When I was growing up I used to tell people that my career ambition was to be Barry Norman. At the time, I was a teenage pupil at a north London school for girls; Barry Norman, who died yesterday aged 83, was the middle-aged journalist who presented the BBC’s flagship film programme. Obviously we had a lot in common.
From 1972-1998 Barry Norman occupied the presenter’s chair on BBC1’s weekly Film. He interviewed all the big stars of the day and was so famous that Spitting Image turned him into a puppet and gave him a catchphrase – ‘And why not?’ – that he never actually used.
My parents hoped I would grow up and discover a more suitable and realistic profession – law, teaching or “a nice job in publishing”. Well I did study law (without much enthusiasm) and I did land that elusive job in book publishing, but it didn’t pay very well.
I still enjoyed watching movies, but for a few years I forgot all about Barry Norman. Then, in 1999, I got a job on the Radio Times Guide to Films, which led to regular work as a sub-editor on Radio Times magazine.
At that time, Barry was writing a weekly column in the Films section, where he profiled actors and actresses who were on TV that week. Sadly, from his point of view, the names were often a lot more obscure than the Hollywood Greats he had interviewed in the 70s and 80s.
Barry was known to be fussy about having his copy changed by over-zealous Radio Times sub-editors, who had nothing better to do than nitpick over the placement of commas. The word went out that Barry Norman’s sentences were sacrosanct, and that he would write and complain if he noticed that “mice had been nibbling his copy”.
One day I was asked to phone Barry at home to give him the topic for next week’s column. This was terrifying. Though I’d occasionally answered the phone when he rang to speak to my boss, a commissioning call involved having to identify myself to the great man.
Barry Norman was famous as a film journalist, but he also loved watching and writing about cricket. So I used sport as an ice-breaker whenever I was asked to contact him. I could always take his mind off the prospect of Katie Holmes (hardly a worthy subject for Barry’s pen) by mentioning Kevin Pietersen’s latest switch-hit controversy or England’s spin-bowling options.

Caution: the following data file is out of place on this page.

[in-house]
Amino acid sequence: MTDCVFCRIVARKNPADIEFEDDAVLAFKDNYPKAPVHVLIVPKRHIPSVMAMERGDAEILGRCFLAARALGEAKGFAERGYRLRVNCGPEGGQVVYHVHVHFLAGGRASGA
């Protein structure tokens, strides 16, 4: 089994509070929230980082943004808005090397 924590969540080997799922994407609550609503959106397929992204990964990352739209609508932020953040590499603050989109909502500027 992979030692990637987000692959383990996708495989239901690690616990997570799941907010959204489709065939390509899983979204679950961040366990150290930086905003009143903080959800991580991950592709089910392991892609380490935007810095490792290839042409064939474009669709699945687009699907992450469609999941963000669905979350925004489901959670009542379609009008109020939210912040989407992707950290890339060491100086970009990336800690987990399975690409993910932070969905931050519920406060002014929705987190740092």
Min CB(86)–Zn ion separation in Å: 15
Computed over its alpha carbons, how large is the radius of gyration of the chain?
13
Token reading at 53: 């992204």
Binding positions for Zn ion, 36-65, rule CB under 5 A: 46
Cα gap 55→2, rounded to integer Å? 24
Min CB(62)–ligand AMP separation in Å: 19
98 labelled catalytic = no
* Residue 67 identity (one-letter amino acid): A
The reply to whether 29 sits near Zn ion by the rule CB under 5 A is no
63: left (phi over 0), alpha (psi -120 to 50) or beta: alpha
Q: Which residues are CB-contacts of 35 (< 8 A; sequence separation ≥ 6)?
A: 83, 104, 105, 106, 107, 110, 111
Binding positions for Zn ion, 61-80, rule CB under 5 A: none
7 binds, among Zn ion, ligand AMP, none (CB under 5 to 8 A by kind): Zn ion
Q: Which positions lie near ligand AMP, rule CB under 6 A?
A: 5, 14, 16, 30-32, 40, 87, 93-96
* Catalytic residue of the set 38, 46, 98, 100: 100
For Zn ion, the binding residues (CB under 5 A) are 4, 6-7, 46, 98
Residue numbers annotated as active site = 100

In December 2008 Radio Times decided to mark 20 years of the Barry Norman film column by taking him and his wife, Diana Norman, out to lunch in Kensington. As members of the Film Unit we were all invited to attend, but we were under strict instructions not to order more than two courses. Call it an “austerity lunch”.
It was a small party of about 12 people, and Barry Norman was seated directly opposite me. He was cheerful and smartly dressed, though he had acquired a few more wrinkles and grey hairs since his 70s heyday. We swapped opinions about cricket, football (Barry was an ardent Spurs fan and I support Chelsea) and TV.
If you are ever lucky enough to meet your idol, you hope that it won’t be a let-down. I don’t remember much about the food that day, but Barry ordered a gin-flavoured dessert and was charm itself. Although I enjoyed talking to him, I wish I’d got his autograph, grabbed a selfie or even some pointers about being a critic.
A few months after that lunch I left Radio Times. A couple of years later I started writing my own online film reviews. You can read some of them here.
I didn’t get paid for writing any of those reviews or become a household name. I did realise that Barry and I shared an aversion to having our copy altered by other people.
In recent years I’ve been watching fewer new movies and I haven’t written a review for a while. Next time I do, I’ll try to honour the legacy of Barry Norman as a film writer and pundit: strong opinions, delivered with a dry humour and punctuated with great care.